Quinoa Black Bean and Corn Salad
By Kristinhong on December 02, 2012
What really is quinoa? Well for starters, it is pronounced KEEN-WAH. Most of us think of quinoa as a grain or rice, but it is really the seed of the plant, Chenopodium Quinoa and is a highly nutritious food. It is native to South America and was a staple crop to the Inca people. It is excellent source of protein, and is a complete protein, meaning it has all nine essential amino acids. Besides meat products, it is difficult to obtain all nine essential amino acids from a single food source. For example, beans must be eaten with a grain in order to get all nine amino acids. This makes quinoa an excellent option for vegetarians and vegans. Also, for those with Celiac disease and gluten-intolerant, quinoa does not contain any wheat or gluten.
Organic Tri-Color Quinoa, Trader Joe's, $4.99
Not only is it a good choice for all types of eaters, quinoa taste delicious. The seeds are fluffy and and light, yet have a bit of a crunch and a great nutty taste. It can be a little bland if cooked with water, but cooking it with a flavored broth can really enhance the flavor. You can add various spices and herbs, toss it in pastas and salads, and even use it in breads, muffins and other baked goods.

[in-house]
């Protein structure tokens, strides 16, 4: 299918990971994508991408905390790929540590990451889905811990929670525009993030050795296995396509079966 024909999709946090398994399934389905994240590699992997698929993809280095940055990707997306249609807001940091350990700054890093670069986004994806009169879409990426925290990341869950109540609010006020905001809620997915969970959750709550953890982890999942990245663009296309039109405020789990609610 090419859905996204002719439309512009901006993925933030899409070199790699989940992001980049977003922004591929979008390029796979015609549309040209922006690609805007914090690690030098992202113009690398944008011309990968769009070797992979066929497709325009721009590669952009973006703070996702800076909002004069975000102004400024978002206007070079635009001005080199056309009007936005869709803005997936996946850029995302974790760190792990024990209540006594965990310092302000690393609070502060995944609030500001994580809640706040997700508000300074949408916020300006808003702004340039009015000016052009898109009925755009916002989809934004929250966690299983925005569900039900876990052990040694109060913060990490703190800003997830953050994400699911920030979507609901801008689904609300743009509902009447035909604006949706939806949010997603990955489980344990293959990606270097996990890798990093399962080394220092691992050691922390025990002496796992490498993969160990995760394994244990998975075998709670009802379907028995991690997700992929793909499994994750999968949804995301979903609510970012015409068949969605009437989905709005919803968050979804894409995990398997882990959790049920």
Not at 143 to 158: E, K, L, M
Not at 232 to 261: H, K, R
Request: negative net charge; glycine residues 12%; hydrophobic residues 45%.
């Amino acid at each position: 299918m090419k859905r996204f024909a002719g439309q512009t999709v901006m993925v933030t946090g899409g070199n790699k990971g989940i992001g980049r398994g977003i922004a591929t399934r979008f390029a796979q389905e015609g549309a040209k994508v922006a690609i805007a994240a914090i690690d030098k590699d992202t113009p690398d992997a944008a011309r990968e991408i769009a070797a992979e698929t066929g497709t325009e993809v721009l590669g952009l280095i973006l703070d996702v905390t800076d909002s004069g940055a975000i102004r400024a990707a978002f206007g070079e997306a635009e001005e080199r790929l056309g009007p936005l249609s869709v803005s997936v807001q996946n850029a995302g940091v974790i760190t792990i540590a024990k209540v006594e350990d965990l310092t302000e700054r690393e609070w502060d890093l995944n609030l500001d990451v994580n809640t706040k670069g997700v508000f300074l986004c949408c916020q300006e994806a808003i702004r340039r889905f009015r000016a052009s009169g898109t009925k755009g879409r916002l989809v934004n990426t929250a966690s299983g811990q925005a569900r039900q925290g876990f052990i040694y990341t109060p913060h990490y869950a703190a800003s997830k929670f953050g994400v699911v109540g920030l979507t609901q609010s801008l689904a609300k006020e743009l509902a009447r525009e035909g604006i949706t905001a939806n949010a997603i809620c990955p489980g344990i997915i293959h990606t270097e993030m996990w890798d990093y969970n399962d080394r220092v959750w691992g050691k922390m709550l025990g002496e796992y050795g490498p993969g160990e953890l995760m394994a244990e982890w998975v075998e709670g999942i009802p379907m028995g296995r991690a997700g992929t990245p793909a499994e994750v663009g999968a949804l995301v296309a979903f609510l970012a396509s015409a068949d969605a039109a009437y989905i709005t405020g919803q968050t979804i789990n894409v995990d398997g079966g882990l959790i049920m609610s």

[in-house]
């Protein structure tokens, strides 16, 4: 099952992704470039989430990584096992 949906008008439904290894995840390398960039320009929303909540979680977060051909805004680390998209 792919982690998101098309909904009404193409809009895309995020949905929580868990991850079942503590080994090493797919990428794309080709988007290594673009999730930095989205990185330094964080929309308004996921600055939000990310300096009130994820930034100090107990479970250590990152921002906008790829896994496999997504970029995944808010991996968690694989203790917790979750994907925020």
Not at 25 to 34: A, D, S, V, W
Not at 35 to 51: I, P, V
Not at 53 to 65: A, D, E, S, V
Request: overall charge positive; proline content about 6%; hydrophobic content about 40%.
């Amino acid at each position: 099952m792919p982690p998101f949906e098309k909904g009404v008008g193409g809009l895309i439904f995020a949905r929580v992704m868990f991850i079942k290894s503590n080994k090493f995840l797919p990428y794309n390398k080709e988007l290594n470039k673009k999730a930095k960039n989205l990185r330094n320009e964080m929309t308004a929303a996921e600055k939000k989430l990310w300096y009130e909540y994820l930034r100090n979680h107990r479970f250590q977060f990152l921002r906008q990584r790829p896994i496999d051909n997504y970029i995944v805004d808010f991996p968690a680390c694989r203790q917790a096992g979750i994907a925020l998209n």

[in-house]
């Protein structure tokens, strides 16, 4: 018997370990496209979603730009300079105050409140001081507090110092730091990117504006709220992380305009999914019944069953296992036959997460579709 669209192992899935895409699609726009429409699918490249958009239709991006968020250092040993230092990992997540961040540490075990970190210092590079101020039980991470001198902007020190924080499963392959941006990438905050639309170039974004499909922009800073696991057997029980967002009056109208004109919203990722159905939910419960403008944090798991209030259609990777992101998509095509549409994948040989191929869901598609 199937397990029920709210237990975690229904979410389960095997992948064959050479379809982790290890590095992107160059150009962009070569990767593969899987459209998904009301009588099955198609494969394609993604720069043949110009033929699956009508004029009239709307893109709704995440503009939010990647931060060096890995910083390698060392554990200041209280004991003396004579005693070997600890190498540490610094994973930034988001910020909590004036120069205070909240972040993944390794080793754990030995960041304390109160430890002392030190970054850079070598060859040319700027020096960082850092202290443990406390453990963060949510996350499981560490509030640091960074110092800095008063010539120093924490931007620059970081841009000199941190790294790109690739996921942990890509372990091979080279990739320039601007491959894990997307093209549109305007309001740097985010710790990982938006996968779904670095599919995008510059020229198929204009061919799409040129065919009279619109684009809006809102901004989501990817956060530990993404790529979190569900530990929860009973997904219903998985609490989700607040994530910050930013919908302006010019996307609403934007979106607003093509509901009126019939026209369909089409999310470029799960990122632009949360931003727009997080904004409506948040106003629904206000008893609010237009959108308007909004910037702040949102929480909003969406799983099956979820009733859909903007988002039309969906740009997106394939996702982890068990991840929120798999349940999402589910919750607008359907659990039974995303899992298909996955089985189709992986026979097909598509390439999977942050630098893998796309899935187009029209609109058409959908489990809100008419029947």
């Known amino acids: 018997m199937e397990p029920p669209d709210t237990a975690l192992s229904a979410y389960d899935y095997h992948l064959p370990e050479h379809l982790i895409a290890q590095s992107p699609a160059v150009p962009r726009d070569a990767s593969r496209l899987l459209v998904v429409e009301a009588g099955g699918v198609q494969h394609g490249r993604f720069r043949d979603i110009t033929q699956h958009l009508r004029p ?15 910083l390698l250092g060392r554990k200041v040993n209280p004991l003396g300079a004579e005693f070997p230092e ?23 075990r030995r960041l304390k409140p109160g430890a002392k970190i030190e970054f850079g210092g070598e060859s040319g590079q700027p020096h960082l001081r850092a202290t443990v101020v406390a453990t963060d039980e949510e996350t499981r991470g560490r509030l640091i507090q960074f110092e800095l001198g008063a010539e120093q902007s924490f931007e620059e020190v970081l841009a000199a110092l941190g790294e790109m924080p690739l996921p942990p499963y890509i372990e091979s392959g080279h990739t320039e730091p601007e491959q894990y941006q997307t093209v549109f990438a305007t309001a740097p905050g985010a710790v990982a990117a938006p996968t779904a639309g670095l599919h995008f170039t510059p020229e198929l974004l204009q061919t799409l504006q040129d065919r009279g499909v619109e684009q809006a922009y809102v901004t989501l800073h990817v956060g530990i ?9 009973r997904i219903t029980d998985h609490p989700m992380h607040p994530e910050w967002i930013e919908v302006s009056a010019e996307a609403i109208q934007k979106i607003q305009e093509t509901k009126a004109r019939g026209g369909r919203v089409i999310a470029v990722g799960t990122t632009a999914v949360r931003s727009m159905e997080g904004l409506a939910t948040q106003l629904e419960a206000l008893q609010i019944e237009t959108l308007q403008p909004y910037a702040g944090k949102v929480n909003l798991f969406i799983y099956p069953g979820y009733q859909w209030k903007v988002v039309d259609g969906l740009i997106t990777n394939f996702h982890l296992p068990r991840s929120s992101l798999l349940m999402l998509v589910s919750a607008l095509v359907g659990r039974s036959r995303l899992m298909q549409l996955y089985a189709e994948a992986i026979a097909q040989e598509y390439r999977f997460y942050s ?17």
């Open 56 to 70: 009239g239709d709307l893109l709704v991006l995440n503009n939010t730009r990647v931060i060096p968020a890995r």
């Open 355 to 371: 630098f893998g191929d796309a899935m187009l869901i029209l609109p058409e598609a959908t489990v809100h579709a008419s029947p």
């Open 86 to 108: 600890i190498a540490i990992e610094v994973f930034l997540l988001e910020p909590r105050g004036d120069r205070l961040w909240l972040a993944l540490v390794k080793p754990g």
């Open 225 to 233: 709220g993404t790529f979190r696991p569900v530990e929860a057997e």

In addition to the protein aspect, quinoa has around 40-45% of your daily intake of Manganese, which relaxes blood vessels. This can help with hypertension and cardiovascular problems, as well as aches and pains. So for all of you struggling with headaches or migraines after work, quinoa may help alleviate some of the pain. One cup of quinoa contains 5g of fiber, about 20% of your recommended daily value.
-Wash the seeds to get rid of residue and bitterness
-Add part grain to two parts liquid and bring to a boil
-Once it is as a boil, reduce the heat and simmer until ready
-One cup will usually take about 15 minutes
I recently experimented with a Quinoa black bean and corn salad, which turned out to be a favorite at the potluck!
In a pan, heat 1 tablespoon of olive oil. Add quinoa and let it roast for about 5 minutes. Cook quinoa accordingly with the vegetable broth, cumin and salt. When it's done, set it aside to cool. In a separate bowl, toss 4 tablespoons of oil and black pepper with the beans, corn, onion, and red pepper. Let the quinoa and bean mixture chill in the fridge separately until ready to be served. Right before dinner, I placed the quinoa in the platter, laid the bean mixture on top, sprinkled the lettuce on top and topped it with avocado. Too easy!
To see the full post: http://thefreshfind.blogspot.com/2011/12/todays-find-quinoa.html
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